Prior to commencing the loading process, the computer control system assures that the dock plate is in the retracted position, and initializes the unloading paddle which acquires a start position adjoining the tail end of the retracted dock. The unloading paddle serves as a backstop for the onloading pallets and restrains excessive forward travel. As the DT conveyor transfers pallets to the dock plate, the unloading paddle simultaneously translates a stepped incremental distance, equivalent to the pallet length, towards the leading end of the dock plate. Thus, the paddle makes room for the oncoming pallets, but prevents them from inadvertently traveling off the end of the dock.
Once the first set of pallets have loaded, the dock loading mechanism will retract and the optical feed sensors will reset. This reinitiates the FC conveyor operation which begins feeding the next batch of pallets to the DT conveyor. The cycle continues until the unloading paddle reaches a terminal position adjoining the leading edge of the dock plate. The computer registers this occurrence, which indicates that the dock is full, and suspends operation of the dock loading mechanism until the pallets on the loaded dock are transferred to the trailer.
If the trailer is already docked, the unloading paddle is rotated into its stowed position in preparation for loading the trailer. Otherwise, the unloading paddle remains in position to secure the end of the loaded dock until the trailer arrives. Once the trailer arrives, it is backed into the docking bay and aligned with the dock plate using a combination of visual and electronic alignment means. The unloading paddle is then stowed, and the loaded dock plate is fully extended into the bed of the trailer. After activating the gates on the cargo restraint mechanism, the dock plate is retracted, depositing the cargo load on the trailer bed. Once the dock plate retracts, the dock loading mechanism can be retracted to reload the dock plate in preparation for the next trailer shipment.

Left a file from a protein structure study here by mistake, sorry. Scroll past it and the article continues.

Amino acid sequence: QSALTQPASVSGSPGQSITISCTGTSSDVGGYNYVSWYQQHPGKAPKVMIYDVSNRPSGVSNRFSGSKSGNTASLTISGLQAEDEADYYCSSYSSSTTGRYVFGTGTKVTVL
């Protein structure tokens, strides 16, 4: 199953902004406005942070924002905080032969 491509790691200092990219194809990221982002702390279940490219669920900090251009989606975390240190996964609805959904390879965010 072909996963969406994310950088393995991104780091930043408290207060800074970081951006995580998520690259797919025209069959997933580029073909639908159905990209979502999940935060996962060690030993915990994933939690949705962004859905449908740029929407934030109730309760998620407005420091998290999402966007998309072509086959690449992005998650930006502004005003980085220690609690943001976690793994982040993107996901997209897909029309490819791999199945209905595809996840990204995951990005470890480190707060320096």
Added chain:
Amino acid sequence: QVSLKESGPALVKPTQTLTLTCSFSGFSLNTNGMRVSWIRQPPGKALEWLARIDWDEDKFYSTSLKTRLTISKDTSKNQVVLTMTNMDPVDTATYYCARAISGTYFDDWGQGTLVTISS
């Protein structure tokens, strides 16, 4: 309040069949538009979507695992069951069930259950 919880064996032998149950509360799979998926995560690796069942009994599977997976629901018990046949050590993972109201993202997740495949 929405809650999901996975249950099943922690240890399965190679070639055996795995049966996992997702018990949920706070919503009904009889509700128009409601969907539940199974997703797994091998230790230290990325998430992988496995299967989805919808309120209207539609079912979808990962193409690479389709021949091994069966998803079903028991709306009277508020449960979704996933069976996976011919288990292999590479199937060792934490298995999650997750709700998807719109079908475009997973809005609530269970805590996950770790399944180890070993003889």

When unloading is required, the dock plate is retracted, the unloading paddle is stowed, and the loaded trailer is aligned in the docking bay as previously discussed. The dock plate is then extended into the trailer such that its wedged leading end is forcibly levered between the trailer bed and the palletized trailer load. Once the truck load of pallets is resting on the dock plate, the dock plate is retracted. At this point, the motorized rollers on the DT conveyor and FC conveyor are activated, and the unloading paddle begins to operate. The unloading paddle sequentially transfers individual rows of pallets to the DT conveyor by translating towards the tail end of the dock in stepped increments equal to the pallet length. Rows of pallets entering the DT conveyor are transported by its powered rollers to the FC conveyor which relays the cargo to the POI conveyor. Once on the POI conveyor, the pallets are directed to the appropriate destination. This process continues until all the pallets have been removed from the dock plate, at which time the system may reinitiate in preparation for the next operation.
By this automated system, a single person can control the operation, in which loading and unloading times are greatly reduced in comparison to conventional forklift operations. Because of the significant increase in efficiency, far fewer docking bays and less floor space is required to obtain even greater throughput. This translates into reduced labor costs, fewer shipping delays, lower transportation costs, and greater overall cost efficiency for the shipping/receiving operation.
The invention, together with further aspects and advantages thereof, may be further understood by reference to the following detailed description and accompanying drawings.